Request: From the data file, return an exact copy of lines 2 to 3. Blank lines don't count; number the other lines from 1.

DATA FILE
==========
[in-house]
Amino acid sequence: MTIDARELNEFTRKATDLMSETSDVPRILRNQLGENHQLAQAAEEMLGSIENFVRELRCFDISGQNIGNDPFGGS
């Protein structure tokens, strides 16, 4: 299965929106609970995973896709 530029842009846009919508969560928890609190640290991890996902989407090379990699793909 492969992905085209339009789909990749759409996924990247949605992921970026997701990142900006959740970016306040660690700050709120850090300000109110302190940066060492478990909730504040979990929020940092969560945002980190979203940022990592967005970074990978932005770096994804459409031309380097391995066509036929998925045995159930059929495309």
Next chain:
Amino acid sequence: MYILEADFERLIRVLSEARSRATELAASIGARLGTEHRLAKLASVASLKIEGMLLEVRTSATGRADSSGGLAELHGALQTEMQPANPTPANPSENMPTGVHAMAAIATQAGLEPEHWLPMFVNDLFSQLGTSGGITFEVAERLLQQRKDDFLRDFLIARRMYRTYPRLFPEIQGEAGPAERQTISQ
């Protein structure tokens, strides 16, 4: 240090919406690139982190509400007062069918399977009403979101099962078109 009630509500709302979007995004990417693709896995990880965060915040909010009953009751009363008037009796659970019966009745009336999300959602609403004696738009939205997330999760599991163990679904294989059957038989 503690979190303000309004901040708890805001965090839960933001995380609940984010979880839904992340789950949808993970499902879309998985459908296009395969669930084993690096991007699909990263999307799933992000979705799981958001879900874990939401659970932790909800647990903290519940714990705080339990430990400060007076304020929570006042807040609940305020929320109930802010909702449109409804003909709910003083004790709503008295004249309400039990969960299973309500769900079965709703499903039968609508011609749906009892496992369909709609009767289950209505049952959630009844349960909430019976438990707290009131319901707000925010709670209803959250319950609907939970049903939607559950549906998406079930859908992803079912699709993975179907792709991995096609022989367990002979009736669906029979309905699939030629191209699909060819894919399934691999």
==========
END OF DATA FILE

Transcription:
Amino acid sequence: MTIDARELNEFTRKATDLMSETSDVPRILRNQLGENHQLAQAAEEMLGSIENFVRELRCFDISGQNIGNDPFGGS
């Protein structure tokens, strides 16, 4: 299965929106609970995973896709 530029842009846009919508969560928890609190640290991890996902989407090379990699793909 492969992905085209339009789909990749759409996924990247949605992921970026997701990142900006959740970016306040660690700050709120850090300000109110302190940066060492478990909730504040979990929020940092969560945002980190979203940022990592967005970074990978932005770096994804459409031309380097391995066509036929998925045995159930059929495309």